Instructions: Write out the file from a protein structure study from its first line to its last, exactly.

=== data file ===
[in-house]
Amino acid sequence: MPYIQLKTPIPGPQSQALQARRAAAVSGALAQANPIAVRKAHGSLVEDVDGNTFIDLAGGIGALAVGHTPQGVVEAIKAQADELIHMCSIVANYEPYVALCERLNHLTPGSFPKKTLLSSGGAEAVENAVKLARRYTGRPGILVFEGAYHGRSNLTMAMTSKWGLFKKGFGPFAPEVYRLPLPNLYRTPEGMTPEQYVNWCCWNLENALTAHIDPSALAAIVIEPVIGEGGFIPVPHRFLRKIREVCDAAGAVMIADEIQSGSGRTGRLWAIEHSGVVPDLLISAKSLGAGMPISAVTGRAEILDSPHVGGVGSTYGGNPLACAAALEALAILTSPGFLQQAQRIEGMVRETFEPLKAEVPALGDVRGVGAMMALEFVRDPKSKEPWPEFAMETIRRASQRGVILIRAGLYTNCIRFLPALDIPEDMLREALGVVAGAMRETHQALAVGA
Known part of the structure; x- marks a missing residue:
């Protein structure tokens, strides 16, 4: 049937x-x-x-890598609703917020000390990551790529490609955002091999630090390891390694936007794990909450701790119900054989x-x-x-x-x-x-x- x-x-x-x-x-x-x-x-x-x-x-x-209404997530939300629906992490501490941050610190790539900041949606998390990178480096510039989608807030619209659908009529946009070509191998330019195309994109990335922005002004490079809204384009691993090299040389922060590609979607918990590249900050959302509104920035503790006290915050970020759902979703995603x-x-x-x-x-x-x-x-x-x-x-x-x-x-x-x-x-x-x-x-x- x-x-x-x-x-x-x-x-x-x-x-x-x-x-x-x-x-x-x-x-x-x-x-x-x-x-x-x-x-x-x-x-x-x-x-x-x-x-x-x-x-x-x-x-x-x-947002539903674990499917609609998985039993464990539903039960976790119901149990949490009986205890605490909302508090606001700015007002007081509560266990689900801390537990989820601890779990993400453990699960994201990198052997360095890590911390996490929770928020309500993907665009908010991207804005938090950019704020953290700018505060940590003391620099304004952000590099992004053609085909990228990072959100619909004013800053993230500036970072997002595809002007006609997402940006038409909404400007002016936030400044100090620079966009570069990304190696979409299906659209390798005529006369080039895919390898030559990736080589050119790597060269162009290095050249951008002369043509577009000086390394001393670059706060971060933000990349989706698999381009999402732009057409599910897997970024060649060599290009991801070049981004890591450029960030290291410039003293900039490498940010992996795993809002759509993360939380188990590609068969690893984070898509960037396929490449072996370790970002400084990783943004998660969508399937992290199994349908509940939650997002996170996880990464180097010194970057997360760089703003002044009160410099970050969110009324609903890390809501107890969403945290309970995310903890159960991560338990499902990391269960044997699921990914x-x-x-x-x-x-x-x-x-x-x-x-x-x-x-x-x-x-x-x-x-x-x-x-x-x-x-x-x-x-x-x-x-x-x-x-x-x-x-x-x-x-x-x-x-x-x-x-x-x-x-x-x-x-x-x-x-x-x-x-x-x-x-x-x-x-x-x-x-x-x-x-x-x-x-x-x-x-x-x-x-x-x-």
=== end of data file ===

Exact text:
[in-house]
Amino acid sequence: MPYIQLKTPIPGPQSQALQARRAAAVSGALAQANPIAVRKAHGSLVEDVDGNTFIDLAGGIGALAVGHTPQGVVEAIKAQADELIHMCSIVANYEPYVALCERLNHLTPGSFPKKTLLSSGGAEAVENAVKLARRYTGRPGILVFEGAYHGRSNLTMAMTSKWGLFKKGFGPFAPEVYRLPLPNLYRTPEGMTPEQYVNWCCWNLENALTAHIDPSALAAIVIEPVIGEGGFIPVPHRFLRKIREVCDAAGAVMIADEIQSGSGRTGRLWAIEHSGVVPDLLISAKSLGAGMPISAVTGRAEILDSPHVGGVGSTYGGNPLACAAALEALAILTSPGFLQQAQRIEGMVRETFEPLKAEVPALGDVRGVGAMMALEFVRDPKSKEPWPEFAMETIRRASQRGVILIRAGLYTNCIRFLPALDIPEDMLREALGVVAGAMRETHQALAVGA
Known part of the structure; x- marks a missing residue:
């Protein structure tokens, strides 16, 4: 049937x-x-x-890598609703917020000390990551790529490609955002091999630090390891390694936007794990909450701790119900054989x-x-x-x-x-x-x- x-x-x-x-x-x-x-x-x-x-x-x-209404997530939300629906992490501490941050610190790539900041949606998390990178480096510039989608807030619209659908009529946009070509191998330019195309994109990335922005002004490079809204384009691993090299040389922060590609979607918990590249900050959302509104920035503790006290915050970020759902979703995603x-x-x-x-x-x-x-x-x-x-x-x-x-x-x-x-x-x-x-x-x- x-x-x-x-x-x-x-x-x-x-x-x-x-x-x-x-x-x-x-x-x-x-x-x-x-x-x-x-x-x-x-x-x-x-x-x-x-x-x-x-x-x-x-x-x-x-947002539903674990499917609609998985039993464990539903039960976790119901149990949490009986205890605490909302508090606001700015007002007081509560266990689900801390537990989820601890779990993400453990699960994201990198052997360095890590911390996490929770928020309500993907665009908010991207804005938090950019704020953290700018505060940590003391620099304004952000590099992004053609085909990228990072959100619909004013800053993230500036970072997002595809002007006609997402940006038409909404400007002016936030400044100090620079966009570069990304190696979409299906659209390798005529006369080039895919390898030559990736080589050119790597060269162009290095050249951008002369043509577009000086390394001393670059706060971060933000990349989706698999381009999402732009057409599910897997970024060649060599290009991801070049981004890591450029960030290291410039003293900039490498940010992996795993809002759509993360939380188990590609068969690893984070898509960037396929490449072996370790970002400084990783943004998660969508399937992290199994349908509940939650997002996170996880990464180097010194970057997360760089703003002044009160410099970050969110009324609903890390809501107890969403945290309970995310903890159960991560338990499902990391269960044997699921990914x-x-x-x-x-x-x-x-x-x-x-x-x-x-x-x-x-x-x-x-x-x-x-x-x-x-x-x-x-x-x-x-x-x-x-x-x-x-x-x-x-x-x-x-x-x-x-x-x-x-x-x-x-x-x-x-x-x-x-x-x-x-x-x-x-x-x-x-x-x-x-x-x-x-x-x-x-x-x-x-x-x-x-």